Luke Wilkins – another former Washington Wild Thing, Luke played here during the 2015 and 2016 seasons. Our blog series “Aussie in America” became a huge hit and helped me gain a lot of followers from down under (G’day mates!) In 2019, he returned to America to play in the American Association with the Fargo-Moorhead Redhawks, Sioux Falls Canaries, and the Chicago Dogs. This is Luke’s 12th season in the ABL with the majority coming with the Sydney Blue Sox. He is a versatile part of the pitching staff in Adelaide and for Team Australia where he can start or come in as relief when needed.

Nick Ward – the final Washington Wild Thing on the list (who just re-signed here for another season), Nick was a Frontier League All-Star in 2022 putting up numbers that placed him in MVP contention. He finished the season 3rd in the league in average (.349) and amassed 61 RBI and 19 HR while leading the Wild Things to first place in the West Division. Prior to his three seasons in Washington, Nick was a prospect in the Oakland Athletics organization and won an NCAA Division 2 National Championship. He is also a member of the Great Britain national team that qualified for the World Baseball Classic. So far in Adelaide, his MVP numbers have not slowed down. He is leading the Giants in Average (.385), SLG (.756), OPS (1.229) and HR (6).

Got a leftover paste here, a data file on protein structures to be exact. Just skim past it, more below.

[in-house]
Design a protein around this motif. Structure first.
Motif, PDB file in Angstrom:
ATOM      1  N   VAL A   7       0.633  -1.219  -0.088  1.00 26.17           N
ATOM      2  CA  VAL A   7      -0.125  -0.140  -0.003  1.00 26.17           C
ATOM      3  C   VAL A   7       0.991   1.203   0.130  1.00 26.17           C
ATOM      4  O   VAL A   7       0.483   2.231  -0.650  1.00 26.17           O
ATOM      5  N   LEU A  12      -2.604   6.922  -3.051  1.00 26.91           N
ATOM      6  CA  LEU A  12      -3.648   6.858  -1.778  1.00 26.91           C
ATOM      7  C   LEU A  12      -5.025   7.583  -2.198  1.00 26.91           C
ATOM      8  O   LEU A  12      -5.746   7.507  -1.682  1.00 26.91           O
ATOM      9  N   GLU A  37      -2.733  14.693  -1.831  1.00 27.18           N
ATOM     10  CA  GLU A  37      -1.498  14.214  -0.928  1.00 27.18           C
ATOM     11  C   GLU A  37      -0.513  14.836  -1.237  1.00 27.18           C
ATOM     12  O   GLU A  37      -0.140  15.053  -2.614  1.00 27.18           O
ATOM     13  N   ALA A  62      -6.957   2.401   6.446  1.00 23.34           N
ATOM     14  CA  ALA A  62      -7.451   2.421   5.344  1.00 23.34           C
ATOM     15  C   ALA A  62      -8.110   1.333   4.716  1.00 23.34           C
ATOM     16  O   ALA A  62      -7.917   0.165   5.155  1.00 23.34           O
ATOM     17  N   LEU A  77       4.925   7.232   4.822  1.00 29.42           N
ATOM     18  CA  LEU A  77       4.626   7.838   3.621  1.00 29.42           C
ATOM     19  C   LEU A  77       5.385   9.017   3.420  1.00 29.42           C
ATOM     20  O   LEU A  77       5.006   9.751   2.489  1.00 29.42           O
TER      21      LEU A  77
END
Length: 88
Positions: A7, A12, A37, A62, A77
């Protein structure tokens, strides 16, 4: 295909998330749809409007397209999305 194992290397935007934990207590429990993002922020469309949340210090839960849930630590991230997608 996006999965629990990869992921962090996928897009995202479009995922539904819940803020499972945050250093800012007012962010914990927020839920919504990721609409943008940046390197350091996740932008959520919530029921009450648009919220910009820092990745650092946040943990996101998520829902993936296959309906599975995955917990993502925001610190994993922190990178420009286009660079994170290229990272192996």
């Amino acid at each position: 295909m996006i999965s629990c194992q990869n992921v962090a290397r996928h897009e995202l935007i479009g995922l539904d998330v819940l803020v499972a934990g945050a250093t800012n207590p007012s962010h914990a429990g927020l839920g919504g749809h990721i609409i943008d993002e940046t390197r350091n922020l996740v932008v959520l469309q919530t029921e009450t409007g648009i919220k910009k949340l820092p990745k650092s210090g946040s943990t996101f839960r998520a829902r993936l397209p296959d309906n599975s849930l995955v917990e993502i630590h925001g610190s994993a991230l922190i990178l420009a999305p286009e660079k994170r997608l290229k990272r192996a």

Josh Tols – one of my original Pecos boys, Josh has experienced some of the harshest conditions American indy ball has to offer. After a 5-0 record with the Trinidad Triggers in the Pecos League, Josh was able to move up and spend two seasons with the Kansas City T-Bones in the American Association before signing with the Philadelphia Phillies organization. He returned to the American Association in 2021 with the Kane County Cougars. After spending five seasons with Melbourne, Josh returned to his hometown of Adelaide for his ninth season in the ABL. He has been one of the best pitchers in Australia during the last decade and is a member of Team Australia.